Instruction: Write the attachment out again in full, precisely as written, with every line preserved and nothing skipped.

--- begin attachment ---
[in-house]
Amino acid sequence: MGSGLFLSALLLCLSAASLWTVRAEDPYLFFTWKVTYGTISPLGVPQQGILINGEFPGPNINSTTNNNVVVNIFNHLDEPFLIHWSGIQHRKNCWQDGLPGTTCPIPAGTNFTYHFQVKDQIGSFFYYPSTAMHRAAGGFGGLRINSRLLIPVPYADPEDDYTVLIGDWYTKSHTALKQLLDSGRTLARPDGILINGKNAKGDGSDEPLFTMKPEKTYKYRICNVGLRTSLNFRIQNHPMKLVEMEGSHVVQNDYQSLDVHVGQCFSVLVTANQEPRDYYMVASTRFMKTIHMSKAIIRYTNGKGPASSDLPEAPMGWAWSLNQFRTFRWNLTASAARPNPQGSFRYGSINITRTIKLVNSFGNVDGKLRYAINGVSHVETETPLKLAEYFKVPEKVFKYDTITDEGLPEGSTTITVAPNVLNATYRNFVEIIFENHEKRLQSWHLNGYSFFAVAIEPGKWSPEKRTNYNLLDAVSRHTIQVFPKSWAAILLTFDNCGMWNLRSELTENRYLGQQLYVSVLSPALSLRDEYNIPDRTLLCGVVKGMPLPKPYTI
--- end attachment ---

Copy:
[in-house]
Amino acid sequence: MGSGLFLSALLLCLSAASLWTVRAEDPYLFFTWKVTYGTISPLGVPQQGILINGEFPGPNINSTTNNNVVVNIFNHLDEPFLIHWSGIQHRKNCWQDGLPGTTCPIPAGTNFTYHFQVKDQIGSFFYYPSTAMHRAAGGFGGLRINSRLLIPVPYADPEDDYTVLIGDWYTKSHTALKQLLDSGRTLARPDGILINGKNAKGDGSDEPLFTMKPEKTYKYRICNVGLRTSLNFRIQNHPMKLVEMEGSHVVQNDYQSLDVHVGQCFSVLVTANQEPRDYYMVASTRFMKTIHMSKAIIRYTNGKGPASSDLPEAPMGWAWSLNQFRTFRWNLTASAARPNPQGSFRYGSINITRTIKLVNSFGNVDGKLRYAINGVSHVETETPLKLAEYFKVPEKVFKYDTITDEGLPEGSTTITVAPNVLNATYRNFVEIIFENHEKRLQSWHLNGYSFFAVAIEPGKWSPEKRTNYNLLDAVSRHTIQVFPKSWAAILLTFDNCGMWNLRSELTENRYLGQQLYVSVLSPALSLRDEYNIPDRTLLCGVVKGMPLPKPYTI